The Beauty Bonus: How Looking Good Can Help You Earn More Land a Better Job
It’s often been said that beauty is only skin deep. While this adage may be true, it may not be as true as you’d like. Daniel Hamermesh, an economics professor at the University of Texas in Austin, wondered how much beauty could really pay. It turns out, a good looking person could earn up to 3-4% more than their less attractive coworkers (this can equate to $230,000 more over a lifetime). He also found that “model” good looks aren’t required to reap the benefits. An average looking person can earn up to $140,000 more than their unattractive counterparts. But why?
According to Hamermesh, beauty as a career tool can enormously affect your productivity, especially if you work in sales. Better-looking workers tend to bring in more for their company and reap the rewards. Not surprisingly, potential customers are drawn to more attractive people. Finally, attractive people tend to have more self confidence, which helps them take more risks and close bigger sales.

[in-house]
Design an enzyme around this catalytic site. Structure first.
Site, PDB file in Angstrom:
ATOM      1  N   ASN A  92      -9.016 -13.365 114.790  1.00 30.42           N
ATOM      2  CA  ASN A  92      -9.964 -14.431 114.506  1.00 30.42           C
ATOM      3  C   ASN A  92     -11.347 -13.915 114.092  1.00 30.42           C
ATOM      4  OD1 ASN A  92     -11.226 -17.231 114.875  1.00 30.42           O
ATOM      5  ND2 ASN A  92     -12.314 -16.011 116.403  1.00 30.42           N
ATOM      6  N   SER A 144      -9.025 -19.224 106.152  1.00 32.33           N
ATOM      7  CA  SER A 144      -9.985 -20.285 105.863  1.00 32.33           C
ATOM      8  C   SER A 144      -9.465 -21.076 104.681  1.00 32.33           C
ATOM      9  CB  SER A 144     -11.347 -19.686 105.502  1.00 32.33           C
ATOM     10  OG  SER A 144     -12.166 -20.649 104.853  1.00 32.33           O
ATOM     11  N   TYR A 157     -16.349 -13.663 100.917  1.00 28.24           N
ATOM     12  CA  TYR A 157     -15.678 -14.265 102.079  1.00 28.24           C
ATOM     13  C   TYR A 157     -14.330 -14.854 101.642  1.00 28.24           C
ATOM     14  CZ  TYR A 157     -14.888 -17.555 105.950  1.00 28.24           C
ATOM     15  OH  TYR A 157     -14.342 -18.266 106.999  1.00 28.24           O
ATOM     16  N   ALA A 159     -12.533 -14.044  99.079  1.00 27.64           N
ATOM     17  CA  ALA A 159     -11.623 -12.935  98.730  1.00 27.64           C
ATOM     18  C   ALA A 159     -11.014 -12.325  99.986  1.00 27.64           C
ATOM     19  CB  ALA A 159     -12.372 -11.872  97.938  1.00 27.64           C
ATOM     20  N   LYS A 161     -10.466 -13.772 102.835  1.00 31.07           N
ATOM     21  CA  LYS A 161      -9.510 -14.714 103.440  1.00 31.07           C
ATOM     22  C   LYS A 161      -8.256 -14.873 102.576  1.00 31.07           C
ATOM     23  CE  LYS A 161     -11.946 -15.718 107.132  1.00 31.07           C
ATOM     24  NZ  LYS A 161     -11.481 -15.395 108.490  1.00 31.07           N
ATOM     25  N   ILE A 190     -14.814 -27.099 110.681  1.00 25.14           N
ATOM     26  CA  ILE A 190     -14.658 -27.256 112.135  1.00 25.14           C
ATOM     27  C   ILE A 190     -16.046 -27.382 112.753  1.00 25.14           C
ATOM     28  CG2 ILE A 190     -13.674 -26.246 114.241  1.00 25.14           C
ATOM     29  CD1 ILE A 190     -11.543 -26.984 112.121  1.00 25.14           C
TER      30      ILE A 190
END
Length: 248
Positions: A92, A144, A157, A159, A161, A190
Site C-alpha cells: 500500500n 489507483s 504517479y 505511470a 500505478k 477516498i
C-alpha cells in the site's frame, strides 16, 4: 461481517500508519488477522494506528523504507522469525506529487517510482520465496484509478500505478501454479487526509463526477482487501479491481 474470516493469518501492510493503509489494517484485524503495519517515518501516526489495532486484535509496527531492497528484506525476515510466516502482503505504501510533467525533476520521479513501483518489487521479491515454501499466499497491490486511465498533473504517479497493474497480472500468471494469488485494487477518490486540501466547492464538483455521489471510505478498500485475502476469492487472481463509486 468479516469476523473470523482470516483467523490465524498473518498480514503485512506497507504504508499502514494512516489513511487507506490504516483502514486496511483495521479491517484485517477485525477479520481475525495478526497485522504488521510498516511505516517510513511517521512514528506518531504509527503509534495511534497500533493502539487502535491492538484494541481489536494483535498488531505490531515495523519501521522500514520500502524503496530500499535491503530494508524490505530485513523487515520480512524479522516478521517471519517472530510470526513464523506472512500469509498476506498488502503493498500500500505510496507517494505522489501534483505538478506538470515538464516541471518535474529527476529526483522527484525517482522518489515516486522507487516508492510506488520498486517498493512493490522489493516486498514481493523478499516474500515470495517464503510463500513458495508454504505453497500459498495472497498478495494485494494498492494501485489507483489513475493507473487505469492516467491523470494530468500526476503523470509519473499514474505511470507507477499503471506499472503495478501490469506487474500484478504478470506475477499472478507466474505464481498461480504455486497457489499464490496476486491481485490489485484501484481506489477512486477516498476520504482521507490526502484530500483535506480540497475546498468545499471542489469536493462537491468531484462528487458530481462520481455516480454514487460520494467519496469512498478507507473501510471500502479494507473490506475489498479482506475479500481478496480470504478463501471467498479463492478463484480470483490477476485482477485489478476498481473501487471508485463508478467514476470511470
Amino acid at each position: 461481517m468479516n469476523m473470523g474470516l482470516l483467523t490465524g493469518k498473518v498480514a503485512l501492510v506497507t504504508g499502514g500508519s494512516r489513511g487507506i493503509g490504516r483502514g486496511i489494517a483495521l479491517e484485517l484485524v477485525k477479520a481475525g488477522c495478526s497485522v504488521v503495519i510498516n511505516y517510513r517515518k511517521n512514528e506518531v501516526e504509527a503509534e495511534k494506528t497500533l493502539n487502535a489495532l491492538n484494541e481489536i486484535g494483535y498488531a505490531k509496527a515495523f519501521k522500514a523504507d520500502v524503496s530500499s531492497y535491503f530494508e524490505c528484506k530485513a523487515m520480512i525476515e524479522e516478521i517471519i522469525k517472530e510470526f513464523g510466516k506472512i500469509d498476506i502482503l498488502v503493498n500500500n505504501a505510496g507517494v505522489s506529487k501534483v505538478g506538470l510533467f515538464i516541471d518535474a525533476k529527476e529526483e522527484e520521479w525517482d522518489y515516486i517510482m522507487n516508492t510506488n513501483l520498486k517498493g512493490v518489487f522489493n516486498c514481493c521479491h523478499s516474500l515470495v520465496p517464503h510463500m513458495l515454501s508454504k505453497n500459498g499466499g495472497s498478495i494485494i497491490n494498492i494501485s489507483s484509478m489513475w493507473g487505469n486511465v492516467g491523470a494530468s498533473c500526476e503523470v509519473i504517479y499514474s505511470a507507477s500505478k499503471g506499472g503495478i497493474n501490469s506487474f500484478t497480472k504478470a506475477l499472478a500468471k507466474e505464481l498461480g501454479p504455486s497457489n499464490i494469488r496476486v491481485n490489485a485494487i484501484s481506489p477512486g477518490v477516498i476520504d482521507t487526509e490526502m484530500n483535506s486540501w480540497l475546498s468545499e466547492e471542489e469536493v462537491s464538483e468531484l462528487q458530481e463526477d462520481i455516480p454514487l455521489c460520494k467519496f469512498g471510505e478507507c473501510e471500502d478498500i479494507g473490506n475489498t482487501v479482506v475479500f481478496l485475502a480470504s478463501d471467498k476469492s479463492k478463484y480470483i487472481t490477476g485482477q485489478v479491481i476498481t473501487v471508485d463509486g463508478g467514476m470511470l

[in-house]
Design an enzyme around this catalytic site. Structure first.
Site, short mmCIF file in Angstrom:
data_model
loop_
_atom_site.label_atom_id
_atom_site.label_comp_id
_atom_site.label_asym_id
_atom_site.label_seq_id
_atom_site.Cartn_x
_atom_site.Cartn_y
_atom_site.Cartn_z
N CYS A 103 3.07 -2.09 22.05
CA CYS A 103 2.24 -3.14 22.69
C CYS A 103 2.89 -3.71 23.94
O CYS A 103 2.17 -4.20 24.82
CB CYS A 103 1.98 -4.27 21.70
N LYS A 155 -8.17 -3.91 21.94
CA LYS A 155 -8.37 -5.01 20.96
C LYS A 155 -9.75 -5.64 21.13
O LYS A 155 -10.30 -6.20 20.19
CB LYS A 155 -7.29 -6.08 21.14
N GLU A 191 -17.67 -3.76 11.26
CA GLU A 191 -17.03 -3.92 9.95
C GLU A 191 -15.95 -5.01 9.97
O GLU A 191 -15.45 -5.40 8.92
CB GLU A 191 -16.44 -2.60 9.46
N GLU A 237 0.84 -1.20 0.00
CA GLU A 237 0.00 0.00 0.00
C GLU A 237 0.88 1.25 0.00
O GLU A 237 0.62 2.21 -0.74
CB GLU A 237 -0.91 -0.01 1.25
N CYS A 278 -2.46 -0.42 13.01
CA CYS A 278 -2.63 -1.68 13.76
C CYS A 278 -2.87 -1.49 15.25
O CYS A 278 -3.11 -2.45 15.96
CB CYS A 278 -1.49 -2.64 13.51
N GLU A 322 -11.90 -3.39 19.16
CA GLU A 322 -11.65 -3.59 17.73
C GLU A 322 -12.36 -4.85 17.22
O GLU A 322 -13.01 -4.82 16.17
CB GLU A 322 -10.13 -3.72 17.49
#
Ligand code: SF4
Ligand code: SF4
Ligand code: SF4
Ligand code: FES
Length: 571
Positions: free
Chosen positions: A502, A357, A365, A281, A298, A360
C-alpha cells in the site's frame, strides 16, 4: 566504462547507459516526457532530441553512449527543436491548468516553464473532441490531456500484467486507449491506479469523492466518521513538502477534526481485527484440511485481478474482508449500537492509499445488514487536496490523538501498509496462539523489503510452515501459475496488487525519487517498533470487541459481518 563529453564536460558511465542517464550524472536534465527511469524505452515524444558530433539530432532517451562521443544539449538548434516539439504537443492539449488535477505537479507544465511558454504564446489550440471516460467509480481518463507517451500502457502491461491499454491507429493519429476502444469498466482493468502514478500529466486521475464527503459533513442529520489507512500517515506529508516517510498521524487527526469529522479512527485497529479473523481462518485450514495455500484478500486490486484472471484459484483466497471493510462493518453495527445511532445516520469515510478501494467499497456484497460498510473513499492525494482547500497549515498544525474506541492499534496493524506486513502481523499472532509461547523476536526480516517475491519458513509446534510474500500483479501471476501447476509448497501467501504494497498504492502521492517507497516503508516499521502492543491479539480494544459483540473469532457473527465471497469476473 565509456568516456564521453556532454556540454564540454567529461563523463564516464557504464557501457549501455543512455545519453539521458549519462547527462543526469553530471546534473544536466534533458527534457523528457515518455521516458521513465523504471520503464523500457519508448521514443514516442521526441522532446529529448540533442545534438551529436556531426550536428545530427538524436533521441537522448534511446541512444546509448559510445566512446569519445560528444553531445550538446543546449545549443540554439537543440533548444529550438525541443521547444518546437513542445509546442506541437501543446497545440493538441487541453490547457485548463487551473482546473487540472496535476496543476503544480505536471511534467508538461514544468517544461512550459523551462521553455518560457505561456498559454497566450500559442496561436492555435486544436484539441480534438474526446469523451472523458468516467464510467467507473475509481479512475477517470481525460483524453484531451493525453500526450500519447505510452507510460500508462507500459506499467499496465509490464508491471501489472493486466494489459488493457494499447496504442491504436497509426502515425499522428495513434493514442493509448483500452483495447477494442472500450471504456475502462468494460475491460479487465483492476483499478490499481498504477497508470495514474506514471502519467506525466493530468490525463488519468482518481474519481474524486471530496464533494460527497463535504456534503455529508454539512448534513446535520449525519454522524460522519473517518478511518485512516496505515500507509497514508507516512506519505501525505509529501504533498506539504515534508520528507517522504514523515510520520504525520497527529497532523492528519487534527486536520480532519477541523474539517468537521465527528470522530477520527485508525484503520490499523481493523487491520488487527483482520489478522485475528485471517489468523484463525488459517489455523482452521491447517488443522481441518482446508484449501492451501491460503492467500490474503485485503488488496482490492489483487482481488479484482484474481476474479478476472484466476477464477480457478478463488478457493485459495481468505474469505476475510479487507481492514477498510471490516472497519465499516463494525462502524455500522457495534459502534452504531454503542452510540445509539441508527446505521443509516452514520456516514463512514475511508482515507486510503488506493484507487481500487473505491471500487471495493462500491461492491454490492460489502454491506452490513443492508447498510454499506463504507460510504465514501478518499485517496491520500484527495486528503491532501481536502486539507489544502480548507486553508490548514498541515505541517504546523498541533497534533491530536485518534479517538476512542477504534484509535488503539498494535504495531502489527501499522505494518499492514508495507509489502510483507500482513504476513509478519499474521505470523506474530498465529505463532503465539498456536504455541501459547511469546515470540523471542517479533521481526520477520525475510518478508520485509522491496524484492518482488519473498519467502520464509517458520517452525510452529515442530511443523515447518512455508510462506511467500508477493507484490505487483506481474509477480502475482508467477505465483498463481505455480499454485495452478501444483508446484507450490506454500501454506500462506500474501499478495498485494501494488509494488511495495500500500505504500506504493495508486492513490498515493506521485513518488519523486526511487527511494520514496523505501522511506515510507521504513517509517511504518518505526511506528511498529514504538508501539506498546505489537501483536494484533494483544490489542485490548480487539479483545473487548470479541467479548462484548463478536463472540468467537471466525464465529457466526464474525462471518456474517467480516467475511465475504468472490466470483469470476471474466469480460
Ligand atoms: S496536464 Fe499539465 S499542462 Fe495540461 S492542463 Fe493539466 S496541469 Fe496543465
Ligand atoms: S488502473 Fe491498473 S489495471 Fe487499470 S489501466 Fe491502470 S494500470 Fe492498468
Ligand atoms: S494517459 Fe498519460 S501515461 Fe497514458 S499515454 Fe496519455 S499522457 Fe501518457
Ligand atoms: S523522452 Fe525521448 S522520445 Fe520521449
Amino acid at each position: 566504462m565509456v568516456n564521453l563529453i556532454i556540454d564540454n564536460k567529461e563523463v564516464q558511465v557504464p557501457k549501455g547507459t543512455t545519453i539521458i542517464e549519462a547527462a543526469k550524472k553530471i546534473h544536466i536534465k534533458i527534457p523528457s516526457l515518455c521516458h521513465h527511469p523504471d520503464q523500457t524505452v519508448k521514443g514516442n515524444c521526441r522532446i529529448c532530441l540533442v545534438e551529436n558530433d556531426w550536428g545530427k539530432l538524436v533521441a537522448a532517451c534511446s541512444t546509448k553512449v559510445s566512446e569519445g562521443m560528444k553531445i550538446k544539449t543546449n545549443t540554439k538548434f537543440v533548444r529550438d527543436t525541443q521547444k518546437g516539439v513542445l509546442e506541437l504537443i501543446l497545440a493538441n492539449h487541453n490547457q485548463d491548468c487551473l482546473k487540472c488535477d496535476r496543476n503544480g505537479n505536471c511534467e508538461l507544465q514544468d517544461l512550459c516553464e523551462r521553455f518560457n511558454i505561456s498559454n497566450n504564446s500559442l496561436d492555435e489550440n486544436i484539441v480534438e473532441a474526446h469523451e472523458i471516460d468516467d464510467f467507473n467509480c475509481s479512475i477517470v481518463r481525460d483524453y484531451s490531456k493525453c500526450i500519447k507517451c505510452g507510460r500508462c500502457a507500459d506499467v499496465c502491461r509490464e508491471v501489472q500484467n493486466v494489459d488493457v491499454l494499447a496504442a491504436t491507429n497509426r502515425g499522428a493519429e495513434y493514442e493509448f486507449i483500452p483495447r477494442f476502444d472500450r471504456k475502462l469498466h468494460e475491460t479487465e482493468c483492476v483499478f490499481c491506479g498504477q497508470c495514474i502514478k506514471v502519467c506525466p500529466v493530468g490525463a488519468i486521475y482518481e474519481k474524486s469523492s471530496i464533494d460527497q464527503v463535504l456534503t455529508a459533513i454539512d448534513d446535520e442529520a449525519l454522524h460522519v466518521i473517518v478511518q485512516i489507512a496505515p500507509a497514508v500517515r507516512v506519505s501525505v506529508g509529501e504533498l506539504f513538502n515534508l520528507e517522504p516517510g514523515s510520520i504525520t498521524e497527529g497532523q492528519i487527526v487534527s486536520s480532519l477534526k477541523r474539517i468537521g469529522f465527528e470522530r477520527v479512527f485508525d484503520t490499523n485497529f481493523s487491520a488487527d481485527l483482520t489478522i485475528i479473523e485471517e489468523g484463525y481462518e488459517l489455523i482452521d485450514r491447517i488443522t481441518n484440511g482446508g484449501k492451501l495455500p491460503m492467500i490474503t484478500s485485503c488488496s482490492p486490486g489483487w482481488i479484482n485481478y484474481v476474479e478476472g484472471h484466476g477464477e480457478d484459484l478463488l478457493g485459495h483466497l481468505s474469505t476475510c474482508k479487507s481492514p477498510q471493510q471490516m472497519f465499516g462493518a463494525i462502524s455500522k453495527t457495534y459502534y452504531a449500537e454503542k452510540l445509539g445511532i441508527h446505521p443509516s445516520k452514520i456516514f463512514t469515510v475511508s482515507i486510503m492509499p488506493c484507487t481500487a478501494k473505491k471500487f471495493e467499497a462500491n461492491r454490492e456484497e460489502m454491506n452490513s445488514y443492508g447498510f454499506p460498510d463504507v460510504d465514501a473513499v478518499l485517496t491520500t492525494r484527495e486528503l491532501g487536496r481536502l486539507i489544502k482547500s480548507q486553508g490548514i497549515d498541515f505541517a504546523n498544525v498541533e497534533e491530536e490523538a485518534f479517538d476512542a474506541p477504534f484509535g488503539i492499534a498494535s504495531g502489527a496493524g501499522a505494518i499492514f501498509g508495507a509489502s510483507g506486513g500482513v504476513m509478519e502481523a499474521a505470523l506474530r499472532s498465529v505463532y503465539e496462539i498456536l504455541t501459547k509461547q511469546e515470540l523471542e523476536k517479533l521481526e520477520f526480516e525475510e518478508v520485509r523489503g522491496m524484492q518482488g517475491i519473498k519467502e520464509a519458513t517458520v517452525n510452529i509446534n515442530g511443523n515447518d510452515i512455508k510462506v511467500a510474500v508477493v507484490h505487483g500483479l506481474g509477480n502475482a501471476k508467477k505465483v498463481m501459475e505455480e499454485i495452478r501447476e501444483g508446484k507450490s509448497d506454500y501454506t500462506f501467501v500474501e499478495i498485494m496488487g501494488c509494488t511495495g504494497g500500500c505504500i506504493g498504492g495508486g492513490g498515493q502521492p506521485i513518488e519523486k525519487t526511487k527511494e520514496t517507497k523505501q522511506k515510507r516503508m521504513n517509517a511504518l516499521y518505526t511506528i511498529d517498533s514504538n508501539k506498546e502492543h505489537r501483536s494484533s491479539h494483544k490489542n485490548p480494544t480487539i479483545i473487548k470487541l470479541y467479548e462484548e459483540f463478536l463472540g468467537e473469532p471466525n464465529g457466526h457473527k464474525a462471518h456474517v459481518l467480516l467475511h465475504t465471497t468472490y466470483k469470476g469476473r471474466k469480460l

Good looks and confidence not only help your earning potential, but they can help you land that job you’ve always wanted. Good looking people are more likely to charm a tough interviewer, get the job, and earn more raises over the course of their career. Work can be challenging enough without being passed over for advancements you deserve. If you feel something missing, take a look in the mirror. Could it be something beyond your intelligence and skills? It’s not fair, but it could be.
How does this all relate to cosmetic enhancement? We are certainly not proposing anyone needs a whole new face to be successful, but, combined with a healthy lifestyle (healthy food, exercise, and plenty of sleep), injectable procedures can help freshen your appearance in a matter of minutes. It just may give you the confidence you need to push your career to the next level and stay ahead of the game. In a matter of minutes, dermal fillers and/or Botox can shave years off your appearance and help reduce the look of frown lines, wrinkles or hallow-looking eyes.
Source: The Wall Street Journal: On the Job, Beauty Is More Than Skin-Deep, October, 2011.